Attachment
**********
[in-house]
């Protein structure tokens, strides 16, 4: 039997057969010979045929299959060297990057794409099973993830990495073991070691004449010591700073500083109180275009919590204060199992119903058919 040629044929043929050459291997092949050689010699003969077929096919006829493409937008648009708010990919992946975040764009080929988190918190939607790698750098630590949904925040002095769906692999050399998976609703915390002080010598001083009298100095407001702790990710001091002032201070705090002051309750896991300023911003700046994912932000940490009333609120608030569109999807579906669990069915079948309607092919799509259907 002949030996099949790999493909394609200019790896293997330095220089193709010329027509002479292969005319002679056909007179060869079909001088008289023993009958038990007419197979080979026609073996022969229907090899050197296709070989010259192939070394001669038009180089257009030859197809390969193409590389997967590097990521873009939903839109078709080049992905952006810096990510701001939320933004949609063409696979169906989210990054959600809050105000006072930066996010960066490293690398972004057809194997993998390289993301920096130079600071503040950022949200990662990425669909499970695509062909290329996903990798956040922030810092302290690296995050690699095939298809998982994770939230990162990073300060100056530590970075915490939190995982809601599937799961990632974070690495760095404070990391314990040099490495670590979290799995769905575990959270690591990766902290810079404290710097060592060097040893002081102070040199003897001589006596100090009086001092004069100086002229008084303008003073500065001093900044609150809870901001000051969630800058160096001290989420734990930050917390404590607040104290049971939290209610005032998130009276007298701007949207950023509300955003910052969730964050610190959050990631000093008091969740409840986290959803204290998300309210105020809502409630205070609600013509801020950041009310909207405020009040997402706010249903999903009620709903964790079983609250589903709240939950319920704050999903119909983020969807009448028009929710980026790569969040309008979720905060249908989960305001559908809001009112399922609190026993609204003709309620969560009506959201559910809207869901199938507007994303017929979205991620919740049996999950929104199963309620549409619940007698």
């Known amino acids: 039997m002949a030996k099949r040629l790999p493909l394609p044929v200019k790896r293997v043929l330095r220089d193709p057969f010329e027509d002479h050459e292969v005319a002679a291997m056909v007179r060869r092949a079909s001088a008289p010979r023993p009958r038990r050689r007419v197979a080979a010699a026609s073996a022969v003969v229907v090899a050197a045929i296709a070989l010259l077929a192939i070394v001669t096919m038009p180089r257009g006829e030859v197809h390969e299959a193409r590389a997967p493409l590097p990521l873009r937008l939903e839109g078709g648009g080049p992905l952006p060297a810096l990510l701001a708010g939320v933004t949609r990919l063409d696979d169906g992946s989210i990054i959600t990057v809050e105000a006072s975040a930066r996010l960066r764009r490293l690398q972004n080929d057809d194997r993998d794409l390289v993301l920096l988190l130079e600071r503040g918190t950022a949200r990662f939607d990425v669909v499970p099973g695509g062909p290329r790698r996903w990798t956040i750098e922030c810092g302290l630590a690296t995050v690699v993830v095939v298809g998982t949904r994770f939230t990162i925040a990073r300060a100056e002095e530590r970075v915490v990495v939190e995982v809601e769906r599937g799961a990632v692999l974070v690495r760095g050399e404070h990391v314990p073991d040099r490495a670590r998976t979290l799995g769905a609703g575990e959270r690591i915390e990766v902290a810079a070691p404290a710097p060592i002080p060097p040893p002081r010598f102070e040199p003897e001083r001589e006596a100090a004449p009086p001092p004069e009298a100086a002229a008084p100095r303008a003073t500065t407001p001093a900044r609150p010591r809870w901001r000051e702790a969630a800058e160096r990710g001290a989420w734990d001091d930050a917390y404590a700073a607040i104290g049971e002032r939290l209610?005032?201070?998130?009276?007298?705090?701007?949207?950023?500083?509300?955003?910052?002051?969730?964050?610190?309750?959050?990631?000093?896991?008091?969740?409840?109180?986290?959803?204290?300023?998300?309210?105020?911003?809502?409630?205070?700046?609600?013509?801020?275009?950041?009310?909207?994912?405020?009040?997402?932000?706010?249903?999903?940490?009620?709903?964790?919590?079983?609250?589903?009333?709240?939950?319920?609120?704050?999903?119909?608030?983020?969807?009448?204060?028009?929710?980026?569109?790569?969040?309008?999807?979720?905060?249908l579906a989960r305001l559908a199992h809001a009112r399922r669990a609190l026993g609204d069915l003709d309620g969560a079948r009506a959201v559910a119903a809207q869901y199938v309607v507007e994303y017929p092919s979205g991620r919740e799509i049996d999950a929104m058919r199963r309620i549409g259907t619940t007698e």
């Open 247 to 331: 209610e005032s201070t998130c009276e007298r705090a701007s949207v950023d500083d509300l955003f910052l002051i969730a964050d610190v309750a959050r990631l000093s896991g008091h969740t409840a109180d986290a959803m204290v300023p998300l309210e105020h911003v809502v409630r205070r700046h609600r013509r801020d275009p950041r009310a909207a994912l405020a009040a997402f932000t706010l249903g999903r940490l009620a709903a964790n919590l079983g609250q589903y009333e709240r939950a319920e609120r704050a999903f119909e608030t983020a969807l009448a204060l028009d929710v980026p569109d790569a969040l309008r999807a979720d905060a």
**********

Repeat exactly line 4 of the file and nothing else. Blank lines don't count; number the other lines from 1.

């Open 247 to 331: 209610e005032s201070t998130c009276e007298r705090a701007s949207v950023d500083d509300l955003f910052l002051i969730a964050d610190v309750a959050r990631l000093s896991g008091h969740t409840a109180d986290a959803m204290v300023p998300l309210e105020h911003v809502v409630r205070r700046h609600r013509r801020d275009p950041r009310a909207a994912l405020a009040a997402f932000t706010l249903g999903r940490l009620a709903a964790n919590l079983g609250q589903y009333e709240r939950a319920e609120r704050a999903f119909e608030t983020a969807l009448a204060l028009d929710v980026p569109d790569a969040l309008r999807a979720d905060a």